Player 1 was accepted into Harvard, his dream school.
Player 2 was denied from every highly selective school to which she applied. She also applied to and was accepted by High Point University, her safety school in a sea of “lottery schools” from which she was denied.
If we stop the game here, Player 1 is the clear winner. He has the acceptance to the prestigious university and the application plan that went according to plan. Player 2 is settling. She had an application plan that was not smartly put together, and she is dealing with the result.
But guess what? The “game” doesn’t stop there. And that’s because life doesn’t stop there. There is more to it than just getting in. Once a student gets in, he or she has to attend, work hard, interact skillfully with professors and peers, apply for and win research opportunities, pass classes, get internships…
What if we zoom forward three years from the scenario with which we started? What if we find out Player 2 is thriving? She is a “big fish in a smaller pond” about to do a semester in Florence with an internship for global marketing. She already has a job offer from her last internship in the summer, and she’s weighing that against the decision to continue on to graduate school. Possibilities abound. The failure she felt senior year being rejected from so many more prestigious colleges is just a blip in the past she doesn’t have time to dwell on.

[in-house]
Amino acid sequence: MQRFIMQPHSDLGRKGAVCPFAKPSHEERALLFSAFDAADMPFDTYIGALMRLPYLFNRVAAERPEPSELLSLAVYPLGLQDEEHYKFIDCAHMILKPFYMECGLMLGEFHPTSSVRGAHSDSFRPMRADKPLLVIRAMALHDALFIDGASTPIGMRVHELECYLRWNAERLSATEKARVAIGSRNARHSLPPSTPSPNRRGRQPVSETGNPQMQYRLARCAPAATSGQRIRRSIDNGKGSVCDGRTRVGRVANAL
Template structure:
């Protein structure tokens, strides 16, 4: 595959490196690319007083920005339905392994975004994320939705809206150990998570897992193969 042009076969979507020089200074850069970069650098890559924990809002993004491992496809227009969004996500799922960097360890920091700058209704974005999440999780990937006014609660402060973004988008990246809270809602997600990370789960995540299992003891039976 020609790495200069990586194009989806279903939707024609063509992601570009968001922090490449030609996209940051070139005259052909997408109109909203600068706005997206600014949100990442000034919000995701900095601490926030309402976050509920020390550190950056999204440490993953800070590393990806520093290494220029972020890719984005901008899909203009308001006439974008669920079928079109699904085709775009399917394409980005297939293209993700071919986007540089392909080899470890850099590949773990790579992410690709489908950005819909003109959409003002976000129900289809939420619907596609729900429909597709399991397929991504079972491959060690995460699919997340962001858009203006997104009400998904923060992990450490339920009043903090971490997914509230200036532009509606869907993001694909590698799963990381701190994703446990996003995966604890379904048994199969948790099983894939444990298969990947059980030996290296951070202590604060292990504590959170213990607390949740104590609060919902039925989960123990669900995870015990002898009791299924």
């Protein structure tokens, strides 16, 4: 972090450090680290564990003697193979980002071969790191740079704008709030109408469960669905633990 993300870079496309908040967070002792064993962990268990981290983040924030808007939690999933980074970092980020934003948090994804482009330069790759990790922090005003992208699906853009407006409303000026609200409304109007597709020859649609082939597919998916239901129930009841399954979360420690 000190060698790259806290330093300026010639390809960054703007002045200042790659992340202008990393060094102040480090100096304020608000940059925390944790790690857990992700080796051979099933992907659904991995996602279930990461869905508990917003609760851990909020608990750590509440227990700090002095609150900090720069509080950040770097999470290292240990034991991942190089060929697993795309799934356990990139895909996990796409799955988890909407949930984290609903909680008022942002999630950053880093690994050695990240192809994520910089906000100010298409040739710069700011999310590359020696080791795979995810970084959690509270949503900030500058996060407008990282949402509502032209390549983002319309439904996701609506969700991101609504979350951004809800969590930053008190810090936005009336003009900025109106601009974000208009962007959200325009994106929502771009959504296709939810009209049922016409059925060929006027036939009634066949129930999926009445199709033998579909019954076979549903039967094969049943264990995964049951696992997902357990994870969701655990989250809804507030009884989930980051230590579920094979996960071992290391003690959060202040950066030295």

Meanwhile, Player 1 has, amid the incredible pressure of his immensely talented peers and the increased expectations of college life, dropped out. He’s taking time off while his mother encourages him to transfer into the local state university so he doesn’t fall further behind. He wasn’t a good fit for the pressure, and he had no idea it was going to be that way. He had applied and decided to attend his first college because of the name recognition. “If you get in to Harvard, you go”, his dad had told him. So he went, and he failed. It was never a good fit.
Who is “winning” the game now?
There’s a bigger idea here that’s so important for students and parents to remember. They must remember the end goal. What is this all for? What’s most important in this process? Is it bragging rights about how selective a school you could get into? It shouldn’t be. Your likelihood of success is not correlated with the lower the admissions percentage of the school you attend.
Seniors, as you get your acceptances, think long term. Think realistically about your priorities. At Guru, we celebrate every success, not just the ones that come with single digit selectivity percentages, because we know we work hard to help families put together college lists that are based on substance—places our students will thrive academically, socially, and financially. And when Harvard says yes to the right kid, we celebrate that, too! The same way we do for Ole Miss, Syracuse, Stanford and everywhere in between.